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Forest Flower is made with beeswax from local bees; coconut oil; unrefined shea butter; lanolin; and essential oils of cedarwood, Ylang Ylang, clary sage, bergamot, sandalwood, and jasmine absolute. I think it smells like a walk in the woods after a spring rain.

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To use, just hold the lotion bar in your hands for several seconds until it starts to melt a bit, then rub lotion into skin and cuticles, or anywhere you need some TLC. It also works great on feet, elbows, and knees. 

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Doesn't my friend Sahra (not to be confused with my three friends named Sarah) have beautiful hands?

All bars come in a reusable tin, as pictured. Please note: Lotion bars are solid at room temperature but can start to soften in very hot weather while in transit. Your bar will be packed in its tin with absorbent paper, but shipping it at this time of year may result in the design appearing a bit soft by the time it reaches you. This won't affect its qualities. I left my lotion bar packed but upside down on my back deck in 90-degree weather and nothing much happened to the design, honestly, but I did want to mention it in case yours arrives a little less crisp than it looks in these photos. Do let me know how they travel (and, of course, let me know how you like them) — I want to hear it all.

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I love the labels that the lovely Greta Gohn of Thrive Design designed for me. She has also designed a new pattern template for my patterns, as well, and it will debut with Summer Storm. I can hardly wait to use it. It's just so pretty and fits so perfectly in with the rest of my branding (yes, I actually said that). We've been working together for a few months to get some new packaging and a blog ad and yarn labels and this new template together, and working with her has been such a great experience. I absolutely love the entire process of doing stuff like this and it's been a while since I've had some pretty new things. I can't wait to send them to you. I'm doing all of the packing and shipping now since Stacey went to grad school and I have really been enjoying that, too. I get emotional seeing everyone's names and addresses. It's weird, but I do.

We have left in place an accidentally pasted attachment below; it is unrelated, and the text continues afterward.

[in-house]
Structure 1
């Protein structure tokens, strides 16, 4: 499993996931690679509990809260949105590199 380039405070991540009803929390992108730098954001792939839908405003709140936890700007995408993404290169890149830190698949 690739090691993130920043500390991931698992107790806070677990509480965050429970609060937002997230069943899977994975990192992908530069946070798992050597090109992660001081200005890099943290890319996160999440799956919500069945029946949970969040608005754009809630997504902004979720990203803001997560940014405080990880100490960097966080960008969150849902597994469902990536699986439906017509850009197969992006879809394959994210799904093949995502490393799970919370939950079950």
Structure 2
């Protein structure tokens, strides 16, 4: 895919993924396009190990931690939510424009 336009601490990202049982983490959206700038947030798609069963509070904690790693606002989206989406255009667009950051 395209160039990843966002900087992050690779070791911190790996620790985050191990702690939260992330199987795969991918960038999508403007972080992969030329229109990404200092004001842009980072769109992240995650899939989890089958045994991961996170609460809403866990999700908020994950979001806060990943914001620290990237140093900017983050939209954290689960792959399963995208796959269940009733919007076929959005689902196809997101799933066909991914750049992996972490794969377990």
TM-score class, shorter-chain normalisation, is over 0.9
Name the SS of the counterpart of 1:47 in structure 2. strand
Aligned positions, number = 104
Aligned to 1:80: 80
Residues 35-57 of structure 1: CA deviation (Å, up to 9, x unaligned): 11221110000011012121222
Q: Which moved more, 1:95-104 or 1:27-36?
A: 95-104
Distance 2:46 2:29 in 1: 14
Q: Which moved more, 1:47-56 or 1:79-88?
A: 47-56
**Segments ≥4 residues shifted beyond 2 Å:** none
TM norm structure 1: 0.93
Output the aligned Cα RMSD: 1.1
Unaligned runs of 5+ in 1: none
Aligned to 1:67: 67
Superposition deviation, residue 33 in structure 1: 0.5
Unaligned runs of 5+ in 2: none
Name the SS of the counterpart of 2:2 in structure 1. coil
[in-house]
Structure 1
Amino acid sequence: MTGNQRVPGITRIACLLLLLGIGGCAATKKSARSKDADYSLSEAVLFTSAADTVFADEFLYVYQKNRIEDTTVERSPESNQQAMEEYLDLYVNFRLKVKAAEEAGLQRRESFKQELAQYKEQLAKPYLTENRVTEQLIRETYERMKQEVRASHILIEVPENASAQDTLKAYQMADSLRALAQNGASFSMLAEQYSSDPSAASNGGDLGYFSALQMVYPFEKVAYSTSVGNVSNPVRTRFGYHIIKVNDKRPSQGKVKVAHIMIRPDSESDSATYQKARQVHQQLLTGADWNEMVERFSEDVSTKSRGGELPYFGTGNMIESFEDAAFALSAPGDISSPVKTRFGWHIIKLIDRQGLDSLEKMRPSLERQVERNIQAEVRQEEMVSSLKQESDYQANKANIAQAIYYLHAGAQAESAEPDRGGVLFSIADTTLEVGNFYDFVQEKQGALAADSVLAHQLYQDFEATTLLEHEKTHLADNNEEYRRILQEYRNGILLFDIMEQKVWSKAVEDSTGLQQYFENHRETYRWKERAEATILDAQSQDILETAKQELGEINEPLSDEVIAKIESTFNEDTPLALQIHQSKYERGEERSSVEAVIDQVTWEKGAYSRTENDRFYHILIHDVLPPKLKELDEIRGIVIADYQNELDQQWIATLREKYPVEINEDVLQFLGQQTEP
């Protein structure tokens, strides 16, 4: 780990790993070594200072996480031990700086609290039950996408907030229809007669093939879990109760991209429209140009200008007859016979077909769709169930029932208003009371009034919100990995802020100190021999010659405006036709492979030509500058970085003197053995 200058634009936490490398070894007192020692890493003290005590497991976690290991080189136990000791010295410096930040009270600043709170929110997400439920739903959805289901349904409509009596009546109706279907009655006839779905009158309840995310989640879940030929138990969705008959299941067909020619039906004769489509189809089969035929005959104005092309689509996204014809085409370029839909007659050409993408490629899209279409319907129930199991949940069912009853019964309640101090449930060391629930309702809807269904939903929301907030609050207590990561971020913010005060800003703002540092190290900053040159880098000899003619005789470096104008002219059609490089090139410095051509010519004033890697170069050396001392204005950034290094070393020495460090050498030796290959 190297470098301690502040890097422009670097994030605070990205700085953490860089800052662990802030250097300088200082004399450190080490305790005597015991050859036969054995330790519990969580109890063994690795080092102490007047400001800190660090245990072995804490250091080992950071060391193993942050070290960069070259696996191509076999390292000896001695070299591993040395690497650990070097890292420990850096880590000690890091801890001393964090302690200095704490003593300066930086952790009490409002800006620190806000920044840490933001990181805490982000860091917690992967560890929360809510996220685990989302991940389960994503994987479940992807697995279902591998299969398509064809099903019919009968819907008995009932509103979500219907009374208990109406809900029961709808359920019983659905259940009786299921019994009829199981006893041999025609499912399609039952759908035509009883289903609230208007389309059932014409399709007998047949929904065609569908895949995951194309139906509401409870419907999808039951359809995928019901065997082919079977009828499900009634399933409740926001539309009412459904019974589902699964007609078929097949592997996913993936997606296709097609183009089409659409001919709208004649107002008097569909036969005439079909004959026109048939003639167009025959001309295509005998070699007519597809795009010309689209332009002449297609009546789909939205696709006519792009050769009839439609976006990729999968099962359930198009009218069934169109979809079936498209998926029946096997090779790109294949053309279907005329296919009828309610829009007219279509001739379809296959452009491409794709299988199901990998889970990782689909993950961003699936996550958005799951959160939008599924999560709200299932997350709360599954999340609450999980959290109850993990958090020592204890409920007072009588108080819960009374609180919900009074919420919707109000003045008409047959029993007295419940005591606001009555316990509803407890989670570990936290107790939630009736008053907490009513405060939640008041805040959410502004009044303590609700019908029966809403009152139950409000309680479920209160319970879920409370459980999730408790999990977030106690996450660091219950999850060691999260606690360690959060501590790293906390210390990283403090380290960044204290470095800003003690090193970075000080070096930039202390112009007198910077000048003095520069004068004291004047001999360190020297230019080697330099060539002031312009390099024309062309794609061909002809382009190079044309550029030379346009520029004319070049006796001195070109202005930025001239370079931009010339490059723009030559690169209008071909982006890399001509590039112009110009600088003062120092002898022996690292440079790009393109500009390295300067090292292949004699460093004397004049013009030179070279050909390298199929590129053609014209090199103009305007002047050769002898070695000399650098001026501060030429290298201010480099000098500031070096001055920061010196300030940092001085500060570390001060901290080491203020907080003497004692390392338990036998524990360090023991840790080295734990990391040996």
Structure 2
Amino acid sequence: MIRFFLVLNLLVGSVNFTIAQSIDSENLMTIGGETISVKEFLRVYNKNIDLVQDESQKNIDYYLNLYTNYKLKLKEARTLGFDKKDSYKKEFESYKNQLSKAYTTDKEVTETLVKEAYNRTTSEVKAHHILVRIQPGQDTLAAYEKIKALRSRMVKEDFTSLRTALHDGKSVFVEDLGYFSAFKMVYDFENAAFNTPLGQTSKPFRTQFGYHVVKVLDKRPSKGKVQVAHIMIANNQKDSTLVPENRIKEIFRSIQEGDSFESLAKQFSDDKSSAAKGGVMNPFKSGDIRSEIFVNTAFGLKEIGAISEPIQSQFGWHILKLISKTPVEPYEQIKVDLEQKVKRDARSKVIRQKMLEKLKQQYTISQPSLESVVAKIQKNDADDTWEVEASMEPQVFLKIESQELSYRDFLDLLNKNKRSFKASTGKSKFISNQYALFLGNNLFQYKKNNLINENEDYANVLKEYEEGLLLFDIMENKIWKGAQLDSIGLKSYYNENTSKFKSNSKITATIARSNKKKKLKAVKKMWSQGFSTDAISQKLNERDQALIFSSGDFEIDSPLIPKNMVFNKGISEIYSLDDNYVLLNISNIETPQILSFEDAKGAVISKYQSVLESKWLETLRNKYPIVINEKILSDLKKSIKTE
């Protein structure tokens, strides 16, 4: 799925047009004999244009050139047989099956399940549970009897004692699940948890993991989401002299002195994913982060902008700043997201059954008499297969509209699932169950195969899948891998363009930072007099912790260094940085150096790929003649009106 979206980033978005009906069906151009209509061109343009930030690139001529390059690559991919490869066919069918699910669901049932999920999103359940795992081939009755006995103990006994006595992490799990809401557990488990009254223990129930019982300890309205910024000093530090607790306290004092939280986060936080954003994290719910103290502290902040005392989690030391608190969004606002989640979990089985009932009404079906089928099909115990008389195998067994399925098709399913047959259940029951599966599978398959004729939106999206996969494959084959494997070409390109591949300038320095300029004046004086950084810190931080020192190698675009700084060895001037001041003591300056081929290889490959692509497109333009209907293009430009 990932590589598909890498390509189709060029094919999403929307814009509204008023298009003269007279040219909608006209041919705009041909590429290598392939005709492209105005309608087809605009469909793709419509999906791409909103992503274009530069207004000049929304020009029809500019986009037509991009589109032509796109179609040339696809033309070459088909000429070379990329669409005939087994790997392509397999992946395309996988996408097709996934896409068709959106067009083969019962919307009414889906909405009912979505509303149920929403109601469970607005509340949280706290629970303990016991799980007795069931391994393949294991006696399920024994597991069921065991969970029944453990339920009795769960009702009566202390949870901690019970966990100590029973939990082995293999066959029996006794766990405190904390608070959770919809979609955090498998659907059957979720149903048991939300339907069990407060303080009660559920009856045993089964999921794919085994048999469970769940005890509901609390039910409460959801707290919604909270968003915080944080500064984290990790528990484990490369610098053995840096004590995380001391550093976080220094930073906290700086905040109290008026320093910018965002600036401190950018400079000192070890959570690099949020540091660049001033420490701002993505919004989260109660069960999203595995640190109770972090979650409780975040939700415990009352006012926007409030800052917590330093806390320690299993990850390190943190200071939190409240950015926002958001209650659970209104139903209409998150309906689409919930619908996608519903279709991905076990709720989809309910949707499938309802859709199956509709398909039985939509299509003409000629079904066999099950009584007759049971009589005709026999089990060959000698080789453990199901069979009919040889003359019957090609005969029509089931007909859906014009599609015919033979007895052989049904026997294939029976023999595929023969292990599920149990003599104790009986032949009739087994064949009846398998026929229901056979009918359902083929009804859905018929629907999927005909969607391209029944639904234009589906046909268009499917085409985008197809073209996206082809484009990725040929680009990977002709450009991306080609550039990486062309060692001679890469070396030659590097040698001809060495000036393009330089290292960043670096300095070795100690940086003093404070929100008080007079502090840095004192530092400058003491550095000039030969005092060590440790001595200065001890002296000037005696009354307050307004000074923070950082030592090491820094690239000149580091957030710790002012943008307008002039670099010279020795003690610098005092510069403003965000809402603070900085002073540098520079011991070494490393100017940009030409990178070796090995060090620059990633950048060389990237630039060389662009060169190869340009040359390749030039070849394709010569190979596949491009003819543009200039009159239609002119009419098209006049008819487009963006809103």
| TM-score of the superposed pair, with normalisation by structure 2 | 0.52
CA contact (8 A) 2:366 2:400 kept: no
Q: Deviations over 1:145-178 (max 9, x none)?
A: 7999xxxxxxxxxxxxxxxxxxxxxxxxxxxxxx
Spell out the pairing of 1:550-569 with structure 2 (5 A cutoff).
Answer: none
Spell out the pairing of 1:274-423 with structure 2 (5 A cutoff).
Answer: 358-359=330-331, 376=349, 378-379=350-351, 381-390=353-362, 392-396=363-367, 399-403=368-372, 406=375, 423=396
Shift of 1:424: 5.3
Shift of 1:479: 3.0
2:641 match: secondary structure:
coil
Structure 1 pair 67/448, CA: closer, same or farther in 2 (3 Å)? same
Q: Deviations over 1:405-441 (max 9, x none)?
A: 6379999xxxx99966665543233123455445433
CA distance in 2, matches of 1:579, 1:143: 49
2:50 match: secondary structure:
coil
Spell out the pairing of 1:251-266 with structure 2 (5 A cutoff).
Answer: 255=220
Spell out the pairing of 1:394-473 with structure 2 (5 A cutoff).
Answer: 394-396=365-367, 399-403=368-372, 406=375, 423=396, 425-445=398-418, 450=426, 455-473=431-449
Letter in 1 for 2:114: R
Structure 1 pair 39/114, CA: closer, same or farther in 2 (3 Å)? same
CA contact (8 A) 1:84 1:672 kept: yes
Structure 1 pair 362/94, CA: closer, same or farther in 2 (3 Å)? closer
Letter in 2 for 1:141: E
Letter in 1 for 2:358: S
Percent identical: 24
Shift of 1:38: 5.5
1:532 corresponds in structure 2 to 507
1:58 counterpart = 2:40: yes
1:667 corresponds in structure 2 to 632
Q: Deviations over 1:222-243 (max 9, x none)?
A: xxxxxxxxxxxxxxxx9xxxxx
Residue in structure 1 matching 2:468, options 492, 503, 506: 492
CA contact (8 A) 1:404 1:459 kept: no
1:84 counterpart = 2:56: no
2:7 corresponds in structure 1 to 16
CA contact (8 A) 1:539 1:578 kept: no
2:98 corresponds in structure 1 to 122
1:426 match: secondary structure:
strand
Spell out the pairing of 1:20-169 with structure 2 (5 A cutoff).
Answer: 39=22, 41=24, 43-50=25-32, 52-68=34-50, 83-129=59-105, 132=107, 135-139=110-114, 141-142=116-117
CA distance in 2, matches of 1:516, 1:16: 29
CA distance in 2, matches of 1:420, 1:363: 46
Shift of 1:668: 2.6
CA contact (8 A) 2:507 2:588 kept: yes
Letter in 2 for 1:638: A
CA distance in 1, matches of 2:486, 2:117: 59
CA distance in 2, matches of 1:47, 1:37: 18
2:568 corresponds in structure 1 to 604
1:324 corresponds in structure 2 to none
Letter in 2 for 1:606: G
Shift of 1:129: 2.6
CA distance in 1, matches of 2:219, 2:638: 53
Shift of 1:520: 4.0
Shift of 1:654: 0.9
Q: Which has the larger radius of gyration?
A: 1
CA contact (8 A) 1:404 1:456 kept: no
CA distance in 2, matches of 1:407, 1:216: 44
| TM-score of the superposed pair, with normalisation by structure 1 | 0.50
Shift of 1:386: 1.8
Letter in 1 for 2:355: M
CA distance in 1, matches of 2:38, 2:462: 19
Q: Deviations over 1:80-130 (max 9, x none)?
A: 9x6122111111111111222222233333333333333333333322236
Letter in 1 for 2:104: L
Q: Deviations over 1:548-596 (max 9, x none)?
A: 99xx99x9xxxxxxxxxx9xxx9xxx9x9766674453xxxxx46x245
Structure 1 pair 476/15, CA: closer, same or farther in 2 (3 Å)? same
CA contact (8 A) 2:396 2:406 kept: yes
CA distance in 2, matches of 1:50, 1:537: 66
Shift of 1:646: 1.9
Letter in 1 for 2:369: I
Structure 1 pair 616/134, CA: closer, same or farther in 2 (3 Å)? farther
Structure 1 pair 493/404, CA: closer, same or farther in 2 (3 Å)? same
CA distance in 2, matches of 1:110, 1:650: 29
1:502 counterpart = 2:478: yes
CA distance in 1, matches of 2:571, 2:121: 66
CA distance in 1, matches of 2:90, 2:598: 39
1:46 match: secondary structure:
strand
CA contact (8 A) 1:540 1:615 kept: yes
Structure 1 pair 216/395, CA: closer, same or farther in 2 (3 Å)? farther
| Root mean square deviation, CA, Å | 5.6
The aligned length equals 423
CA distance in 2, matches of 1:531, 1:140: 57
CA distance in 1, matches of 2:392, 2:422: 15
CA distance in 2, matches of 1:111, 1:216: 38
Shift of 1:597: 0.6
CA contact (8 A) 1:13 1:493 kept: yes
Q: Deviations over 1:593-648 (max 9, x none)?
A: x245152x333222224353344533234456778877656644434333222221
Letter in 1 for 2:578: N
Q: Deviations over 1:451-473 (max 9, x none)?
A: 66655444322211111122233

We do ship overseas! To place your order, you will be required to read this information, which contains details about international shipping and customs fees you may incur when ordering outside the U.S. (If you are overseas, the shipping cost charged by Posie does not include any further charges you may incur when importing goods.) To see the shipping-only costs for your order and location, just place the items in your cart and choose your location (or enter your zip code, if you are in the U.S.) and it will tell you how much the shipping is. As usual, I have a sincere request: Please check on and update your shipping address correctly in your Paypal preferences so that there is no confusion when we go to ship. If you do need to add things to your order or change your address after you've placed the order, just email me and we'll figure it out, no worries! I just like to remind people of this ahead of time, because it's a bit easier.